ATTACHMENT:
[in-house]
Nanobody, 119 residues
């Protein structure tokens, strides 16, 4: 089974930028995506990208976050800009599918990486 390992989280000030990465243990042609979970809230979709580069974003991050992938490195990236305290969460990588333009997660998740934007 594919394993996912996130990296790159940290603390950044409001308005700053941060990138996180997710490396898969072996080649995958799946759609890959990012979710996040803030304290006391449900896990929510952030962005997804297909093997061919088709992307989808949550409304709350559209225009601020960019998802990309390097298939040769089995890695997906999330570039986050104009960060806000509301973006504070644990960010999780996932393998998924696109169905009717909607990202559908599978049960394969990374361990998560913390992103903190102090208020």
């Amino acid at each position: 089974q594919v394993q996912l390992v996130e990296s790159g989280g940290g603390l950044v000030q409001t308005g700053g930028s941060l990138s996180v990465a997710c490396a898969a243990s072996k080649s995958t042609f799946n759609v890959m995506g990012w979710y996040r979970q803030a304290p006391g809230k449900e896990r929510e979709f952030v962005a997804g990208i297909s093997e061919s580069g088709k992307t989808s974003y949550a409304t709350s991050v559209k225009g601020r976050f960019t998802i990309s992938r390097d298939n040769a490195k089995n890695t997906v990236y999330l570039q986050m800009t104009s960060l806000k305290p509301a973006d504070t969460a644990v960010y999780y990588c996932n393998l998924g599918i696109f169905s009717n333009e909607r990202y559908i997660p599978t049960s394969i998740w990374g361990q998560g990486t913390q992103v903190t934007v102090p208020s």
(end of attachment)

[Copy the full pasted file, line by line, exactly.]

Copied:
[in-house]
Nanobody, 119 residues
């Protein structure tokens, strides 16, 4: 089974930028995506990208976050800009599918990486 390992989280000030990465243990042609979970809230979709580069974003991050992938490195990236305290969460990588333009997660998740934007 594919394993996912996130990296790159940290603390950044409001308005700053941060990138996180997710490396898969072996080649995958799946759609890959990012979710996040803030304290006391449900896990929510952030962005997804297909093997061919088709992307989808949550409304709350559209225009601020960019998802990309390097298939040769089995890695997906999330570039986050104009960060806000509301973006504070644990960010999780996932393998998924696109169905009717909607990202559908599978049960394969990374361990998560913390992103903190102090208020």
């Amino acid at each position: 089974q594919v394993q996912l390992v996130e990296s790159g989280g940290g603390l950044v000030q409001t308005g700053g930028s941060l990138s996180v990465a997710c490396a898969a243990s072996k080649s995958t042609f799946n759609v890959m995506g990012w979710y996040r979970q803030a304290p006391g809230k449900e896990r929510e979709f952030v962005a997804g990208i297909s093997e061919s580069g088709k992307t989808s974003y949550a409304t709350s991050v559209k225009g601020r976050f960019t998802i990309s992938r390097d298939n040769a490195k089995n890695t997906v990236y999330l570039q986050m800009t104009s960060l806000k305290p509301a973006d504070t969460a644990v960010y999780y990588c996932n393998l998924g599918i696109f169905s009717n333009e909607r990202y559908i997660p599978t049960s394969i998740w990374g361990q998560g990486t913390q992103v903190t934007v102090p208020s």